In Magazine Article
March/April cover

Read this article in the digital edition of our March/April 2020 issue.

By Mary Maushard

From eagles nesting in Masonville Cove to plans for restoring eroding islands off Dorchester County, from new diesel trucks with fewer emissions to Baltimore City and County neighborhoods with more trees, the Maryland Department of Transportation Maryland Port Administration (MDOT MPA) spread its wings wide in 2019 and had quite a year on the environmental front.

The Port once again racked up impressive numbers in cargo, handling 43.6 million tons and continuing to make the economic engine roar. Humming right along with it were all the environmental programs that ensure the Port’s long-term sustainability and foster its good-neighbor approach.


Last year, eagles landed at Masonville Cove in time to build a nest and cause quite a stir. It was the first time since the restoration of the urban wildlife reserve began in 2007 that a pair of bald eagles took up residence in Baltimore. In spring, two eaglets were born. Again this year, the adults have been observed at Masonville building and guarding the nest.

Mid-Bay Restoration

Island restorationThe Mid-Bay Island Ecosystem Restoration Project has been initiated, modeled after the highly successful Poplar Island Ecosystem Restoration Project. The U.S. Army Corps of Engineers, MDOT MPA and Maryland Environmental Service have begun pre-construction engineering and design. The project will restore approximately 2,144 acres of remote island habitat, including 1,212 acres of tidal wetlands; protect the existing island remnants and habitats; and lower the impact of shoreline erosion.

Decade of Dedication

Masonville Cove had a big year all around, celebrating its 10th anniversary as a restored public space and environmental center.

Once a residential area and recreational waterfront, Masonville Cove was abandoned as both and became a dumping ground. In 2004, MDOT MPA began to restore and preserve the area as part of the mitigation and community enhancements associated with the adjacent Masonville Dredged Material Containment Facility, used for the placement of material dredged from the harbor channels to keep shipping lanes open.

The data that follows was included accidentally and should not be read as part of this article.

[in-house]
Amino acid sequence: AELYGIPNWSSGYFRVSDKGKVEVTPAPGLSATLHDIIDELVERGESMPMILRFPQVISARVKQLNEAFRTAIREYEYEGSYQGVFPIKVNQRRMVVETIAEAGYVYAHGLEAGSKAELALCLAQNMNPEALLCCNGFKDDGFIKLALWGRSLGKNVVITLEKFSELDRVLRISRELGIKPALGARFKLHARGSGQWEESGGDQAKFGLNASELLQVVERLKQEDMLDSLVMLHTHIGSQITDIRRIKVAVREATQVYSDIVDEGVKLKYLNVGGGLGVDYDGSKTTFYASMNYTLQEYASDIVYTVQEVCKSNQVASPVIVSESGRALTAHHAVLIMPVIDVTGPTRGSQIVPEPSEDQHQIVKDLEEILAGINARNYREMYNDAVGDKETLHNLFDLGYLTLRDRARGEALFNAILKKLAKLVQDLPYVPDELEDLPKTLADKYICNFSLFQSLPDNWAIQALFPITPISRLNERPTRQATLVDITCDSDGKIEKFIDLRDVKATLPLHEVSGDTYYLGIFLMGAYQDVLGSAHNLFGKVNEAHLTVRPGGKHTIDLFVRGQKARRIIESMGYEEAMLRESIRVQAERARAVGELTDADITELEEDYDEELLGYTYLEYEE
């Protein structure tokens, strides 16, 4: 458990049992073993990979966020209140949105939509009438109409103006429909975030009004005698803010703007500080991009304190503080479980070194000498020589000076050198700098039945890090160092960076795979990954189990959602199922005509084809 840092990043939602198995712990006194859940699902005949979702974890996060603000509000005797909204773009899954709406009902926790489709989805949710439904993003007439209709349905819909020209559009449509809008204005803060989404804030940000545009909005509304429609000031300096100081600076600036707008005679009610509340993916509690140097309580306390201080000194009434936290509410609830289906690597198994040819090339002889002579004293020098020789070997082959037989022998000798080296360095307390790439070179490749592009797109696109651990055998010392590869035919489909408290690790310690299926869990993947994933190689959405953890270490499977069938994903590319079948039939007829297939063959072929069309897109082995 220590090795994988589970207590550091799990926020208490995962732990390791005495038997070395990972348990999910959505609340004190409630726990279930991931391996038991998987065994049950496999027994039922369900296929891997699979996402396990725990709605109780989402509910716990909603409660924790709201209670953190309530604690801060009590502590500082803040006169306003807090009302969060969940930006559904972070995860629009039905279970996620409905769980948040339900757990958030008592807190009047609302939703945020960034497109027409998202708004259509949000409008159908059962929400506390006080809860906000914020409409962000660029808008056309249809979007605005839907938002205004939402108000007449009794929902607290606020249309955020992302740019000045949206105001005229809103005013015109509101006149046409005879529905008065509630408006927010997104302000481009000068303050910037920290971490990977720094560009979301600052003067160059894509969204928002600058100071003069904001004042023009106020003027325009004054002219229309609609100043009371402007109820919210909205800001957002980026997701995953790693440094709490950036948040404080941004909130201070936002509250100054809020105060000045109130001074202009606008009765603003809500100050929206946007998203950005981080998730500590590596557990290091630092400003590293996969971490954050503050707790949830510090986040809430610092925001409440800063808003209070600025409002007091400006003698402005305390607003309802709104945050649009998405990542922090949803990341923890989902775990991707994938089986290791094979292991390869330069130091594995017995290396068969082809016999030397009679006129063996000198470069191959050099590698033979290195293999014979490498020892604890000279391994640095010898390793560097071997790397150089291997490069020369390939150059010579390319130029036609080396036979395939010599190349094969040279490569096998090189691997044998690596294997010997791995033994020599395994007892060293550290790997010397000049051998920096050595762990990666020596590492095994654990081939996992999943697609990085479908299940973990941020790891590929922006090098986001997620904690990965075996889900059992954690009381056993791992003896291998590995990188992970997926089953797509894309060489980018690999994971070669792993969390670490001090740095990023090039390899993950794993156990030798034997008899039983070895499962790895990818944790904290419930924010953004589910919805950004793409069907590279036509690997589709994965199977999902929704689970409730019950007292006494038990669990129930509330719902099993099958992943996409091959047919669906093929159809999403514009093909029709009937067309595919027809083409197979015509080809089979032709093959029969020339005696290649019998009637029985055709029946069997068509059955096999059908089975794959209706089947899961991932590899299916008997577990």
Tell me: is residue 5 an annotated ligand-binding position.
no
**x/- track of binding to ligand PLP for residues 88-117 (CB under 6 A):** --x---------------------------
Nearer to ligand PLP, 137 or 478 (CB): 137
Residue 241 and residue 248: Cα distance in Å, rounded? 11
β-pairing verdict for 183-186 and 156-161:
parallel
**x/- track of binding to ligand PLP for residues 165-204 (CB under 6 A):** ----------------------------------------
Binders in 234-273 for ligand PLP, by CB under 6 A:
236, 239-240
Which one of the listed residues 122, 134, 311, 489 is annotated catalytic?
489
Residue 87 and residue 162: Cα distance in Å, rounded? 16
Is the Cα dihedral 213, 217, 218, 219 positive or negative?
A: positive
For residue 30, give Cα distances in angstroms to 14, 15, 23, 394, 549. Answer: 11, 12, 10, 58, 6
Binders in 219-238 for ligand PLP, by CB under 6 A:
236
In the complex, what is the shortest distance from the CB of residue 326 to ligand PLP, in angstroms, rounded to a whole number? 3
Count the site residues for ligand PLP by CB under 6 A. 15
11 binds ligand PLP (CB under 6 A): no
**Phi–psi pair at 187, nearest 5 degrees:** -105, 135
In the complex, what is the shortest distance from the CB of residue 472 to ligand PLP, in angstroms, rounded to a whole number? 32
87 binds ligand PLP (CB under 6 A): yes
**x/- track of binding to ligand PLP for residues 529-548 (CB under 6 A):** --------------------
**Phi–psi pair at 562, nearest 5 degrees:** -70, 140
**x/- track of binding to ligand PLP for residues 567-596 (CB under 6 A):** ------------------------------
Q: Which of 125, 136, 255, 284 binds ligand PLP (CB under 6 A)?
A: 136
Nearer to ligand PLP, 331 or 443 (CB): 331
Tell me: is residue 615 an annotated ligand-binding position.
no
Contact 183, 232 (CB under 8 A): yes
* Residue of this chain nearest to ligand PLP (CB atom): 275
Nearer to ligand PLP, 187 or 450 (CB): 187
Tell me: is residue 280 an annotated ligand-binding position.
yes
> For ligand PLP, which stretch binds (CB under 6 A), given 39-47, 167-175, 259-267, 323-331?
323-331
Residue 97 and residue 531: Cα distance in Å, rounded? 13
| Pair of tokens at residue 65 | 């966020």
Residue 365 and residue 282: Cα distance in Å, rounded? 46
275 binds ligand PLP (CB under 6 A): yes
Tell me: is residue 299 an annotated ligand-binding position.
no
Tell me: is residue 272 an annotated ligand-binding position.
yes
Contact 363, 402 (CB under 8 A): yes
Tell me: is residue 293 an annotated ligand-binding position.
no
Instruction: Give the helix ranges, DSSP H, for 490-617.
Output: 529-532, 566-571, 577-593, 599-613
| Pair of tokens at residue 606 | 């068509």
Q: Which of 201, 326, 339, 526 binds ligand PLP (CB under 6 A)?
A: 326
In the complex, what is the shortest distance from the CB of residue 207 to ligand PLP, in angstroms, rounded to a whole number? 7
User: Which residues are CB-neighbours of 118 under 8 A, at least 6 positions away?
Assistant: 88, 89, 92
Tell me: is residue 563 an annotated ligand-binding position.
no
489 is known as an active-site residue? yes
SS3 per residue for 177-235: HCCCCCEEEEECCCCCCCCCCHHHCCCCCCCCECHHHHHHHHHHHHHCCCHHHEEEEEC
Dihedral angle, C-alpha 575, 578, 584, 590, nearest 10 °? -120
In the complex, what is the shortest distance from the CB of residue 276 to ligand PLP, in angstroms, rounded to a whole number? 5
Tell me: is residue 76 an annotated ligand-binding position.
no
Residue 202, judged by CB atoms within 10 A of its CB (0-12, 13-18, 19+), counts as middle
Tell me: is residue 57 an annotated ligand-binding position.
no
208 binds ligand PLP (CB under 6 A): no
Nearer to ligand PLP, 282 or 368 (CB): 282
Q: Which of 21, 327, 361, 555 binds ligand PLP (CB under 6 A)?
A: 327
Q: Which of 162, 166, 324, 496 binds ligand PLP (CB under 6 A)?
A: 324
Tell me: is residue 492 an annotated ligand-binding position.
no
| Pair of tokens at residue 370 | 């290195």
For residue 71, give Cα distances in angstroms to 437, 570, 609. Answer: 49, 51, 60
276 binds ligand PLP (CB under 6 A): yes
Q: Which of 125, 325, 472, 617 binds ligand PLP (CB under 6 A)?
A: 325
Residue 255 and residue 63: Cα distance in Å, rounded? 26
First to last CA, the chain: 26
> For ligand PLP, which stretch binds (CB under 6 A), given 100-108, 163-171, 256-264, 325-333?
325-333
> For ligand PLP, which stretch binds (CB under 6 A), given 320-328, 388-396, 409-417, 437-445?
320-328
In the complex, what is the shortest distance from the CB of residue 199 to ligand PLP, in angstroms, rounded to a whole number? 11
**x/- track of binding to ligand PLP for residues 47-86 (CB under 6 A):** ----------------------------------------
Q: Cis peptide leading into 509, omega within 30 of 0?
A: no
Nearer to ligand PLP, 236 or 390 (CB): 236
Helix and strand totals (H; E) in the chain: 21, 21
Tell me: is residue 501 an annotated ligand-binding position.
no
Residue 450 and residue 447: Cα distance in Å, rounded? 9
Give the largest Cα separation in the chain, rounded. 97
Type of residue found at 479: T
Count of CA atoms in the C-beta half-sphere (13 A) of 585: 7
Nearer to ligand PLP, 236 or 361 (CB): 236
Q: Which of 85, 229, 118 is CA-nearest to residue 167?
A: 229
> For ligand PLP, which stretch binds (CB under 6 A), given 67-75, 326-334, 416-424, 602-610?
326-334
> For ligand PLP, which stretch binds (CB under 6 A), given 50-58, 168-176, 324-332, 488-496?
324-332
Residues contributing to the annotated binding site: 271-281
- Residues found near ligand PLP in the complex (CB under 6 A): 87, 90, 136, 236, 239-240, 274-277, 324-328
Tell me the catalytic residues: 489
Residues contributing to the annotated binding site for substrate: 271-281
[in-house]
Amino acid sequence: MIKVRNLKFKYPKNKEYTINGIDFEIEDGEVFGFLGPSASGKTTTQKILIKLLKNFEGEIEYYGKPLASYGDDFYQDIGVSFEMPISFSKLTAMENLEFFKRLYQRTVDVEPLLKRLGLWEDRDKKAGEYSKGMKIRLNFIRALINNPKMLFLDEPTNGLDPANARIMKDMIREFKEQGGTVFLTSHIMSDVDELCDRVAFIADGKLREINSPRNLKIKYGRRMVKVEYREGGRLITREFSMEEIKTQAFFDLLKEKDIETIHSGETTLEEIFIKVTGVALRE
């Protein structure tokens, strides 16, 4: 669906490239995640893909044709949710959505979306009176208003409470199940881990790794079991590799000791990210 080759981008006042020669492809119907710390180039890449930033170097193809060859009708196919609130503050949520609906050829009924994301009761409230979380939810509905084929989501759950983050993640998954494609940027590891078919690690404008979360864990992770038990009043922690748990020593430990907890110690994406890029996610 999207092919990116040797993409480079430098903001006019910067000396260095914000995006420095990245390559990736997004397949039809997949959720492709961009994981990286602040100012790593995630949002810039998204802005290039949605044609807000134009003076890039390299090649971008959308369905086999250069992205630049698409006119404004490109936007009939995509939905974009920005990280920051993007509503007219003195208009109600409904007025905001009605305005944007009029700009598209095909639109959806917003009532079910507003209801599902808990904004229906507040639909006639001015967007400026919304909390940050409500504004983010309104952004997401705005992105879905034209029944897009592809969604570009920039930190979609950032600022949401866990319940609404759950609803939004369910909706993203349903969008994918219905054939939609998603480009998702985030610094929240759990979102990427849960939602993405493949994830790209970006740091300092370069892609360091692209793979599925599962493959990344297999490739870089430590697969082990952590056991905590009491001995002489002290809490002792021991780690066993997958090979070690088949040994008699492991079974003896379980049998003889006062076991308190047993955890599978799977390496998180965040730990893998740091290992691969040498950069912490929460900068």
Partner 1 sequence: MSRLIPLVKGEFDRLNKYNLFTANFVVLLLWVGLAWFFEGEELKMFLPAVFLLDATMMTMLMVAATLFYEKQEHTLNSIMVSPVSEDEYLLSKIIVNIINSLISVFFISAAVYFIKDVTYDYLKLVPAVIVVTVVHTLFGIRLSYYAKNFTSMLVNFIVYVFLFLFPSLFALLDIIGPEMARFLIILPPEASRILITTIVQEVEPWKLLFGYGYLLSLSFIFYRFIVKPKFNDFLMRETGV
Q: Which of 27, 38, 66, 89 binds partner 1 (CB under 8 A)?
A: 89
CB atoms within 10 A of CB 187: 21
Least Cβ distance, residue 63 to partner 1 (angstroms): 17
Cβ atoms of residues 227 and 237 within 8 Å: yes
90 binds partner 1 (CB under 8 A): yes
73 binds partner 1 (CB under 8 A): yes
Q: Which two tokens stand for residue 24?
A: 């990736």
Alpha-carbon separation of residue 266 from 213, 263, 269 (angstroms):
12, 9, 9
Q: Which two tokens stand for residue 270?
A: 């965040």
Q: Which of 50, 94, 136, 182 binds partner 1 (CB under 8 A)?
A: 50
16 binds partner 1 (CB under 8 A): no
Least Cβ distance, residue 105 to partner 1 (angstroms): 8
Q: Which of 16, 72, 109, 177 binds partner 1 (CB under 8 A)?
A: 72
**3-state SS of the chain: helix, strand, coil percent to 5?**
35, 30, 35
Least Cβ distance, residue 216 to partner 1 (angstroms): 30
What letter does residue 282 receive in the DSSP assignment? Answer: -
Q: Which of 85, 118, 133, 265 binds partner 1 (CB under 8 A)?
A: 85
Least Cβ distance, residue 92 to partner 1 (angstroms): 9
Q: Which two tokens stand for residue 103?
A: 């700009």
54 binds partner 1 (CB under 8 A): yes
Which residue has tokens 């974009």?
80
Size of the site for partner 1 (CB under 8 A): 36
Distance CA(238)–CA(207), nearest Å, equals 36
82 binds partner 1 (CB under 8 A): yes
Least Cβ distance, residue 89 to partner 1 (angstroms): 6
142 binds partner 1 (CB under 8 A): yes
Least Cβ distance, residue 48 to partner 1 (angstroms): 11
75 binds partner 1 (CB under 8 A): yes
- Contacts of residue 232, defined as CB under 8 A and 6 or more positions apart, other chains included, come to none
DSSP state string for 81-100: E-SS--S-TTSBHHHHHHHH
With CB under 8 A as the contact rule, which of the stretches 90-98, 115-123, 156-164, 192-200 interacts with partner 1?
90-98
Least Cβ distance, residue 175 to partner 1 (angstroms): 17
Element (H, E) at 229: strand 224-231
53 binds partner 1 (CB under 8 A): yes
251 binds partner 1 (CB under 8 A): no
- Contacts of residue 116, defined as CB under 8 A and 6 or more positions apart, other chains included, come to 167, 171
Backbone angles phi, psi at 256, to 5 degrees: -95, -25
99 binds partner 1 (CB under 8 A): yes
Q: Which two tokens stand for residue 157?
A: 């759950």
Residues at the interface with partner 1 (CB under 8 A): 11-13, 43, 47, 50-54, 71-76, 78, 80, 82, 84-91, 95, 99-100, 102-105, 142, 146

Now the area is an urban wildlife refuge with an environmental education center, trails, waterfront, birding hot spot and home to Captain Trash Wheel. Masonville Cove welcomed 561 visitors to its 14 special anniversary events, many during extended hours on first Thursdays of each month.

Clean Air

PlantingImproving air quality and reducing emissions from diesel-operated equipment continues to be a major priority for the Port. Initiatives such as the federal Diesel Emissions Reduction Act (DERA) grant program have been beneficial in helping the Port meet that goal.

For the second year in a row, MDOT MPA received a competitive grant from the U.S. Environmental Protection Agency (EPA) in 2019 to replace cargo-hauling equipment and upgrade the dray trucks that transport cargo to and from the terminals.

This grant provides $1.8 million to replace up to 44 dray trucks and four pieces of cargo-hauling equipment and is anticipated to result in a lifetime emission reduction of approximately 14 tons of particulate matter (PM2.5), 290 tons of nitrogen oxides, 96 tons of carbon monoxide and 15 tons of hydrocarbons.

The federal grant complements the Port’s Diesel Equipment Upgrade Program, which also focuses on retrofitting or replacing older equipment to reduce emissions. Since beginning this upgrade program in 2008, MDOT MPA has replaced more than 215 dray trucks and 110 pieces of cargo-hauling equipment, repowered 10 marine engines and retrofitted 16 locomotive engines.

Clean Water

A number of projects contributed to the Port’s water quality efforts in 2019:

  • An innovative underground sand filter was completed at the Fairfield Marine Terminal to absorb and treat runoff from nearly 14 acres, including 7 acres of new terminal that will help to accommodate increasing cargo shipments. The sand filter completes a multi-project $10 million grant from the U.S. Department of Transportation’s Transportation Investment Generating Economic Recovery, or TIGER, grant.
  • MDOT MPA helped to construct stormwater restoration projects at the Maryland Zoo in Baltimore to stop erosion and improve the quality of water that flows into the Jones Falls and eventually the Chesapeake Bay. The project also included installing interpretive signs that will be seen by thousands of visitors each year.